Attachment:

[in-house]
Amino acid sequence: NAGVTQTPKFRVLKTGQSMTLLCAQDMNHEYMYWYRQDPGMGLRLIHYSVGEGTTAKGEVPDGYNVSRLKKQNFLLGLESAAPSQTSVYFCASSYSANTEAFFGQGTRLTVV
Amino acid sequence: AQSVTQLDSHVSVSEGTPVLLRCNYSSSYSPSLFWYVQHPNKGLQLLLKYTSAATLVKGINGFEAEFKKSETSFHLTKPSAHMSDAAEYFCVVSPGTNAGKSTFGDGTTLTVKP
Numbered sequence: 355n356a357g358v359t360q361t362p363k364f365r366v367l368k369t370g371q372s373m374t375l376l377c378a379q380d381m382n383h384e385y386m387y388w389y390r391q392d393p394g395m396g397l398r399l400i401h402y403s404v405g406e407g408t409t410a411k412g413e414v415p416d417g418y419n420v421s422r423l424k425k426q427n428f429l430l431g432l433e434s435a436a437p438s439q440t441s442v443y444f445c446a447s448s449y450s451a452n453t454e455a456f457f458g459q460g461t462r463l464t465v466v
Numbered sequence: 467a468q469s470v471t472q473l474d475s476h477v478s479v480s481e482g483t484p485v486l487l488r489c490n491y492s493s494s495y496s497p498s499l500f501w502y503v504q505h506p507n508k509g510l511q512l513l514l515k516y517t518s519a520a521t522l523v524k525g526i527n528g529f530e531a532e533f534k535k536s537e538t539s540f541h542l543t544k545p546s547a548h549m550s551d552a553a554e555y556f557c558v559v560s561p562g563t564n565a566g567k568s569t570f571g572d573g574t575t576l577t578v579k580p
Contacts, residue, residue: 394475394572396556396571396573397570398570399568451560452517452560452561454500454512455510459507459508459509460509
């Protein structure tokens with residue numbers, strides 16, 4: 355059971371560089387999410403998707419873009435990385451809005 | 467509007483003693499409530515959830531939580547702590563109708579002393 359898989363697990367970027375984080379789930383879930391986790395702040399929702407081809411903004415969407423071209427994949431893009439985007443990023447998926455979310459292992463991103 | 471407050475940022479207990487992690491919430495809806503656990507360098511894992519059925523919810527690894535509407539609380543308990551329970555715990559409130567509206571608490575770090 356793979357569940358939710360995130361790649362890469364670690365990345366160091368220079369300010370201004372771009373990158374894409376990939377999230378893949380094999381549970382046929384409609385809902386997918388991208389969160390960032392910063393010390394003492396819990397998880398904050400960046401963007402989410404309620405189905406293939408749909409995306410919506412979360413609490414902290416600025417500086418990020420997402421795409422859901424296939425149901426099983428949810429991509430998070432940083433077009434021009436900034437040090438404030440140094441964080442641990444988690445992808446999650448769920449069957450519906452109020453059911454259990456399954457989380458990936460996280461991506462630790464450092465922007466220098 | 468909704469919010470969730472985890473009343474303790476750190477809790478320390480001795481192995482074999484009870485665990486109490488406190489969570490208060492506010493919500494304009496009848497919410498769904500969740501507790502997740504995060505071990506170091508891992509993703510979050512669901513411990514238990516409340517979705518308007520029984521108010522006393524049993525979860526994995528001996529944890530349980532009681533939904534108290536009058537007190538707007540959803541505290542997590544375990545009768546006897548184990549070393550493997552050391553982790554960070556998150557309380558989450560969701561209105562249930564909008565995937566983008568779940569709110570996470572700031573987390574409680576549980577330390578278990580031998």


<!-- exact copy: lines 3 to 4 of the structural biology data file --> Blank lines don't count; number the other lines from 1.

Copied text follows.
Amino acid sequence: AQSVTQLDSHVSVSEGTPVLLRCNYSSSYSPSLFWYVQHPNKGLQLLLKYTSAATLVKGINGFEAEFKKSETSFHLTKPSAHMSDAAEYFCVVSPGTNAGKSTFGDGTTLTVKP
Numbered sequence: 355n356a357g358v359t360q361t362p363k364f365r366v367l368k369t370g371q372s373m374t375l376l377c378a379q380d381m382n383h384e385y386m387y388w389y390r391q392d393p394g395m396g397l398r399l400i401h402y403s404v405g406e407g408t409t410a411k412g413e414v415p416d417g418y419n420v421s422r423l424k425k426q427n428f429l430l431g432l433e434s435a436a437p438s439q440t441s442v443y444f445c446a447s448s449y450s451a452n453t454e455a456f457f458g459q460g461t462r463l464t465v466v